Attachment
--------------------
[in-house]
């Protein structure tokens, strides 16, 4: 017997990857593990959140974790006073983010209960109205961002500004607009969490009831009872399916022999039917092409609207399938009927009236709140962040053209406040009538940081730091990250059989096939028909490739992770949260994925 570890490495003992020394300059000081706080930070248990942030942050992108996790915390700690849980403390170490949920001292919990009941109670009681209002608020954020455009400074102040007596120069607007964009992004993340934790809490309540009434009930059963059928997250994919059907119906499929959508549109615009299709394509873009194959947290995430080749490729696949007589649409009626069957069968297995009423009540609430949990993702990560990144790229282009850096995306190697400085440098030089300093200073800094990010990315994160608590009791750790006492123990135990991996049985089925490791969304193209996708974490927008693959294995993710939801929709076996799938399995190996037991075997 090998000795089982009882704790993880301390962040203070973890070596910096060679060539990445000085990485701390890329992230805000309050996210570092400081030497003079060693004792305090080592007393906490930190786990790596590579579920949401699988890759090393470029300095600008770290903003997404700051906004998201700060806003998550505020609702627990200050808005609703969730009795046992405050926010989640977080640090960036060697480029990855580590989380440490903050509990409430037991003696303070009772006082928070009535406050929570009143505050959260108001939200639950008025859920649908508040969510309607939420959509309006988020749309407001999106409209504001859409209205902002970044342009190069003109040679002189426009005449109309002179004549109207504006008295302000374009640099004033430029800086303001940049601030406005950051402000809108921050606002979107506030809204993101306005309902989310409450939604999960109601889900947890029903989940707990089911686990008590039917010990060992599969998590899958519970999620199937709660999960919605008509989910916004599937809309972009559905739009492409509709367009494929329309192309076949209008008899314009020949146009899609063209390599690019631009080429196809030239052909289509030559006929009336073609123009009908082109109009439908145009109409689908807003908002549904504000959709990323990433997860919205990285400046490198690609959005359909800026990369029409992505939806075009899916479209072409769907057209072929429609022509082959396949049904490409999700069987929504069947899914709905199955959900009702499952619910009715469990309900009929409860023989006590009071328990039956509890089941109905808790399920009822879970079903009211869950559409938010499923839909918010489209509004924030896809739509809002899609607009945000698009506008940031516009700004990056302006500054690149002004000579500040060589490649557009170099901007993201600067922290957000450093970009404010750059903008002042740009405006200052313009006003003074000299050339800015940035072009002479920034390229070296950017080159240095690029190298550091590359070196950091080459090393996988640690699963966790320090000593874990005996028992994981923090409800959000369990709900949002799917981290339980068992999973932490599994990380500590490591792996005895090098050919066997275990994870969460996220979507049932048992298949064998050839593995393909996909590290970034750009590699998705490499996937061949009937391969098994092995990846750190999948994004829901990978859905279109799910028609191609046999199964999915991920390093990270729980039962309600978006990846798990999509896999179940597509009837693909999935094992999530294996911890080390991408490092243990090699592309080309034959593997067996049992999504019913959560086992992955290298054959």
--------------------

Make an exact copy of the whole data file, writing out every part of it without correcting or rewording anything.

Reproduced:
[in-house]
């Protein structure tokens, strides 16, 4: 017997990857593990959140974790006073983010209960109205961002500004607009969490009831009872399916022999039917092409609207399938009927009236709140962040053209406040009538940081730091990250059989096939028909490739992770949260994925 570890490495003992020394300059000081706080930070248990942030942050992108996790915390700690849980403390170490949920001292919990009941109670009681209002608020954020455009400074102040007596120069607007964009992004993340934790809490309540009434009930059963059928997250994919059907119906499929959508549109615009299709394509873009194959947290995430080749490729696949007589649409009626069957069968297995009423009540609430949990993702990560990144790229282009850096995306190697400085440098030089300093200073800094990010990315994160608590009791750790006492123990135990991996049985089925490791969304193209996708974490927008693959294995993710939801929709076996799938399995190996037991075997 090998000795089982009882704790993880301390962040203070973890070596910096060679060539990445000085990485701390890329992230805000309050996210570092400081030497003079060693004792305090080592007393906490930190786990790596590579579920949401699988890759090393470029300095600008770290903003997404700051906004998201700060806003998550505020609702627990200050808005609703969730009795046992405050926010989640977080640090960036060697480029990855580590989380440490903050509990409430037991003696303070009772006082928070009535406050929570009143505050959260108001939200639950008025859920649908508040969510309607939420959509309006988020749309407001999106409209504001859409209205902002970044342009190069003109040679002189426009005449109309002179004549109207504006008295302000374009640099004033430029800086303001940049601030406005950051402000809108921050606002979107506030809204993101306005309902989310409450939604999960109601889900947890029903989940707990089911686990008590039917010990060992599969998590899958519970999620199937709660999960919605008509989910916004599937809309972009559905739009492409509709367009494929329309192309076949209008008899314009020949146009899609063209390599690019631009080429196809030239052909289509030559006929009336073609123009009908082109109009439908145009109409689908807003908002549904504000959709990323990433997860919205990285400046490198690609959005359909800026990369029409992505939806075009899916479209072409769907057209072929429609022509082959396949049904490409999700069987929504069947899914709905199955959900009702499952619910009715469990309900009929409860023989006590009071328990039956509890089941109905808790399920009822879970079903009211869950559409938010499923839909918010489209509004924030896809739509809002899609607009945000698009506008940031516009700004990056302006500054690149002004000579500040060589490649557009170099901007993201600067922290957000450093970009404010750059903008002042740009405006200052313009006003003074000299050339800015940035072009002479920034390229070296950017080159240095690029190298550091590359070196950091080459090393996988640690699963966790320090000593874990005996028992994981923090409800959000369990709900949002799917981290339980068992999973932490599994990380500590490591792996005895090098050919066997275990994870969460996220979507049932048992298949064998050839593995393909996909590290970034750009590699998705490499996937061949009937391969098994092995990846750190999948994004829901990978859905279109799910028609191609046999199964999915991920390093990270729980039962309600978006990846798990999509896999179940597509009837693909999935094992999530294996911890080390991408490092243990090699592309080309034959593997067996049992999504019913959560086992992955290298054959």